Most major candidates for governor back a limit on lobbyists’ gifts to legislators and on inter-campaign cash transfers, a new survey shows. Both measures drew support from leading candidates except for Thurbert Baker and John Oxendine, who have not yet responded to the survey. “It looks like from this list here … that the new governor will be somebody who stands behind these reforms,” Common Cause director Bill Bozarth said.
The Jekyll Island Authority is dropping out of a controversial beachfront development deal because its private partner could no longer guarantee a timeline for completion. The authority and Atlanta-based Linger Longer LLC had been renegotiating timing and financial terms of the package, which called for building two hotels, condominiums and time-share units, and up to 30,000 square feet of retail space. But the authority still wanted a firm timeline for completion of each component, a spokesman said, and Linger Longer couldn’t make it so.
State Sen. Jeff Chapman of Brunwick finally filed his 2008 personal financial disclosure last week, two months after it was due. It came just a couple days before he jumped in the governor’s race. Disclosures for Rep. Toney Collins and Sen. John Meadows have also turned up. That leaves 16 legislators, including 15 Democrats, who haven’t filed a disclosure yet this year. Five of them didn’t file one last year either.
State Sen. David Shafer was the only delinquent legislator in the last week to file his personal financial disclosure statement, which was due July 1. Good for him, but not so much for the 19 other General Assemblers who still haven’t filed theirs. Elected officials make these disclosures so you know how they earn a living, what businesses they’re interested in and where they own real estate — all good things to know about people who are handling your money. Maybe no one cares but us, but it is the law. We’re still waiting on three Republicans and 16 Democrats to give us the goods. The list …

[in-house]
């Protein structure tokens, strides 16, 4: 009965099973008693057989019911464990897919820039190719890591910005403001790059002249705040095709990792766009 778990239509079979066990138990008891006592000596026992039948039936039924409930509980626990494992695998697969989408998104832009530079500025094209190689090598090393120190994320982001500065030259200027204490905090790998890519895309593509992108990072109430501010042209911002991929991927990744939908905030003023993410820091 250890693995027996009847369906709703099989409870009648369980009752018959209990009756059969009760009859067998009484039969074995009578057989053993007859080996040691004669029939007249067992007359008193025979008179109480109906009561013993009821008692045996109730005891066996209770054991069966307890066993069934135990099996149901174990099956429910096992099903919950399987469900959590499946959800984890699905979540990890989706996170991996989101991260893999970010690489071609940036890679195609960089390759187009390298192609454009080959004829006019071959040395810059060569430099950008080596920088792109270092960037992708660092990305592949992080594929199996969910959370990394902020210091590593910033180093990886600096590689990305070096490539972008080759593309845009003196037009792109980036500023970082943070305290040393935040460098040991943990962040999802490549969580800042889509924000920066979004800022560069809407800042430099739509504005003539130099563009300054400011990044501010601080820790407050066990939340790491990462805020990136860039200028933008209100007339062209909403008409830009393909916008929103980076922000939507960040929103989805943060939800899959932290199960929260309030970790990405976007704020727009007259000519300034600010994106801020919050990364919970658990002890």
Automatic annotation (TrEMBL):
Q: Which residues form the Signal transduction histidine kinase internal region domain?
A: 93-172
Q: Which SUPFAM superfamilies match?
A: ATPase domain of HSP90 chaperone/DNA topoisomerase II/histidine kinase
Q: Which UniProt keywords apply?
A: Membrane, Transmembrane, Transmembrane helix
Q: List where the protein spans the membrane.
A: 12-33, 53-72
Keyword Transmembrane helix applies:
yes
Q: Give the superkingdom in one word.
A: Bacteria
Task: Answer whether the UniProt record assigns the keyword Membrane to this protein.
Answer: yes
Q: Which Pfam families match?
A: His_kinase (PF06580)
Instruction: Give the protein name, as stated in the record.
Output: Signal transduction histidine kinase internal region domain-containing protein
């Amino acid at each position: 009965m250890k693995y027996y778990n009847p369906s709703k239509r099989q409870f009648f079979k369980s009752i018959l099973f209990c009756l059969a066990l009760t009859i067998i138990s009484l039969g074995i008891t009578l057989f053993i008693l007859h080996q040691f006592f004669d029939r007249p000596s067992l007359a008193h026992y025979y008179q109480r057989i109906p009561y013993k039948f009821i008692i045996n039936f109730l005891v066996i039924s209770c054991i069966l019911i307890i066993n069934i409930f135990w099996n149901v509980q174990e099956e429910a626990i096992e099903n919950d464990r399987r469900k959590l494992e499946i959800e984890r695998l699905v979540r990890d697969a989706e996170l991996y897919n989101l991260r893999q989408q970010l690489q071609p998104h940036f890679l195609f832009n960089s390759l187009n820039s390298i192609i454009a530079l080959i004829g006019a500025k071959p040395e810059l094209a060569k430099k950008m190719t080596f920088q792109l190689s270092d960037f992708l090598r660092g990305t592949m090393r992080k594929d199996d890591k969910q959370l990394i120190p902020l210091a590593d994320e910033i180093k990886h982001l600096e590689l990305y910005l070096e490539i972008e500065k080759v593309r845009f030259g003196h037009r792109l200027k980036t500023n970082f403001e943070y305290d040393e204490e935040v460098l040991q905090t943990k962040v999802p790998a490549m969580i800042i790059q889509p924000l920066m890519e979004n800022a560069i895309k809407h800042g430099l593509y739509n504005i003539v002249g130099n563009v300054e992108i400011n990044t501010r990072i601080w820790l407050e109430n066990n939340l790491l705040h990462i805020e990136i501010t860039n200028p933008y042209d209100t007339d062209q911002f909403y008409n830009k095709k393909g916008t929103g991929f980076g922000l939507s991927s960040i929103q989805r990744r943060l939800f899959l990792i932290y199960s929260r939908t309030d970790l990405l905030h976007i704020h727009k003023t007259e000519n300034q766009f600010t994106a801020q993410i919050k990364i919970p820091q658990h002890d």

This week was a bit slower for Georgia legislators who missed the deadline to file mandatory financial disclosure statements. Six more lawmakers — including Calvin Smyre, chairman of the House minority caucus — bit the bullet and turned in paperwork that, by law, was supposed to have been filed a month ago. That leaves six state senators and 14 members of the House who still haven’t made the disclosures.
Eleven state legislators have filed their 2008 financial disclosures since we pointed out Monday that they had missed the July 1 deadline. Good job, guys. That’s 11 down and 26 to go. The latest filers include state Sen. Ralph Hudgens (right), now a candidate for Georgia insurance commissioner.
Senate Majority Leader Chip Rogers and Rep. Calvin Smyre, House minority caucus chairman, are among 37 Georgia legislators who have failed to file required disclosures of their personal finances this year. In fact, six lawmakers still haven’t filed disclosures for 2007 that were due more than a year ago. They are …